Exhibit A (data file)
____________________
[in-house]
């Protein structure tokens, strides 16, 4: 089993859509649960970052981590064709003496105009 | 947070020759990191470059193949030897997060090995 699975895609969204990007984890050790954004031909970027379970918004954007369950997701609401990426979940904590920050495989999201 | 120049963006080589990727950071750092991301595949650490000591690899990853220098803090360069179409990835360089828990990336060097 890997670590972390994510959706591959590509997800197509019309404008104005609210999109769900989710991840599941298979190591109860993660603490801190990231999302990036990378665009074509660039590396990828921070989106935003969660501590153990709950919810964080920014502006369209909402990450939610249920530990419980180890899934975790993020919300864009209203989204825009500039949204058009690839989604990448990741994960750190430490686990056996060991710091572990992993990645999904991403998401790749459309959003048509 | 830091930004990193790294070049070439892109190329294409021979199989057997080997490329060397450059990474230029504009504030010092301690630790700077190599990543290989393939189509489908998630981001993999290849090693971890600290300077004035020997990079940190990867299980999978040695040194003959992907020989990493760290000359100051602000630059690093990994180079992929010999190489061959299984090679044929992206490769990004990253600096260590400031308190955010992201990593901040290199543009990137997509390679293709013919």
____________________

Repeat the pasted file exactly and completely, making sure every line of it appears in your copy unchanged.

[in-house]
């Protein structure tokens, strides 16, 4: 089993859509649960970052981590064709003496105009 | 947070020759990191470059193949030897997060090995 699975895609969204990007984890050790954004031909970027379970918004954007369950997701609401990426979940904590920050495989999201 | 120049963006080589990727950071750092991301595949650490000591690899990853220098803090360069179409990835360089828990990336060097 890997670590972390994510959706591959590509997800197509019309404008104005609210999109769900989710991840599941298979190591109860993660603490801190990231999302990036990378665009074509660039590396990828921070989106935003969660501590153990709950919810964080920014502006369209909402990450939610249920530990419980180890899934975790993020919300864009209203989204825009500039949204058009690839989604990448990741994960750190430490686990056996060991710091572990992993990645999904991403998401790749459309959003048509 | 830091930004990193790294070049070439892109190329294409021979199989057997080997490329060397450059990474230029504009504030010092301690630790700077190599990543290989393939189509489908998630981001993999290849090693971890600290300077004035020997990079940190990867299980999978040695040194003959992907020989990493760290000359100051602000630059690093990994180079992929010999190489061959299984090679044929992206490769990004990253600096260590400031308190955010992201990593901040290199543009990137997509390679293709013919």